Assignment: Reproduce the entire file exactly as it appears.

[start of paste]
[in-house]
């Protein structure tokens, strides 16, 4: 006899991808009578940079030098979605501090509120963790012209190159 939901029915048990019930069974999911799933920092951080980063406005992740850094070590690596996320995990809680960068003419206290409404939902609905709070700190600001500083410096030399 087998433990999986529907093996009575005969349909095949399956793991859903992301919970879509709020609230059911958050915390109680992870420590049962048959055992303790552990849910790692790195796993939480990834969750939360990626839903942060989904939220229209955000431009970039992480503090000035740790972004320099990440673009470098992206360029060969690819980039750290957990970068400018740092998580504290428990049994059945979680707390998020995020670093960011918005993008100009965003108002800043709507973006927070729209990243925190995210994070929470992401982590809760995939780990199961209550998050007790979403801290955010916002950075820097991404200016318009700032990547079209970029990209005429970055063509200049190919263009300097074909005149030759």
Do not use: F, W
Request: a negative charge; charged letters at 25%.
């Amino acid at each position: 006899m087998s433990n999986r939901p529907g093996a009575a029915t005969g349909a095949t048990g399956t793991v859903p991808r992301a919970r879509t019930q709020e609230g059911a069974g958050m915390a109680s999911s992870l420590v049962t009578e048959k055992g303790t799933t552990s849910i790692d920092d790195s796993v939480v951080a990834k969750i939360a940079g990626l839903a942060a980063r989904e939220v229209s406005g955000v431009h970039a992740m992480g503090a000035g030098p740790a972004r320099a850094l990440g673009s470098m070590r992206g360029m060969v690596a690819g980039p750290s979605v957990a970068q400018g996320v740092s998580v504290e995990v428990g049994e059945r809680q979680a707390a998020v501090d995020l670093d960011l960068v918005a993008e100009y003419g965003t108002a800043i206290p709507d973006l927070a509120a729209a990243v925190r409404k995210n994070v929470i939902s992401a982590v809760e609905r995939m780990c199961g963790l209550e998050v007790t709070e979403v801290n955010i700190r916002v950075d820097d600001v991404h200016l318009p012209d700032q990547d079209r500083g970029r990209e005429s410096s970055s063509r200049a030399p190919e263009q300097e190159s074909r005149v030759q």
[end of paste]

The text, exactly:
[in-house]
């Protein structure tokens, strides 16, 4: 006899991808009578940079030098979605501090509120963790012209190159 939901029915048990019930069974999911799933920092951080980063406005992740850094070590690596996320995990809680960068003419206290409404939902609905709070700190600001500083410096030399 087998433990999986529907093996009575005969349909095949399956793991859903992301919970879509709020609230059911958050915390109680992870420590049962048959055992303790552990849910790692790195796993939480990834969750939360990626839903942060989904939220229209955000431009970039992480503090000035740790972004320099990440673009470098992206360029060969690819980039750290957990970068400018740092998580504290428990049994059945979680707390998020995020670093960011918005993008100009965003108002800043709507973006927070729209990243925190995210994070929470992401982590809760995939780990199961209550998050007790979403801290955010916002950075820097991404200016318009700032990547079209970029990209005429970055063509200049190919263009300097074909005149030759």
Do not use: F, W
Request: a negative charge; charged letters at 25%.
């Amino acid at each position: 006899m087998s433990n999986r939901p529907g093996a009575a029915t005969g349909a095949t048990g399956t793991v859903p991808r992301a919970r879509t019930q709020e609230g059911a069974g958050m915390a109680s999911s992870l420590v049962t009578e048959k055992g303790t799933t552990s849910i790692d920092d790195s796993v939480v951080a990834k969750i939360a940079g990626l839903a942060a980063r989904e939220v229209s406005g955000v431009h970039a992740m992480g503090a000035g030098p740790a972004r320099a850094l990440g673009s470098m070590r992206g360029m060969v690596a690819g980039p750290s979605v957990a970068q400018g996320v740092s998580v504290e995990v428990g049994e059945r809680q979680a707390a998020v501090d995020l670093d960011l960068v918005a993008e100009y003419g965003t108002a800043i206290p709507d973006l927070a509120a729209a990243v925190r409404k995210n994070v929470i939902s992401a982590v809760e609905r995939m780990c199961g963790l209550e998050v007790t709070e979403v801290n955010i700190r916002v950075d820097d600001v991404h200016l318009p012209d700032q990547d079209r500083g970029r990209e005429s410096s970055s063509r200049a030399p190919e263009q300097e190159s074909r005149v030759q």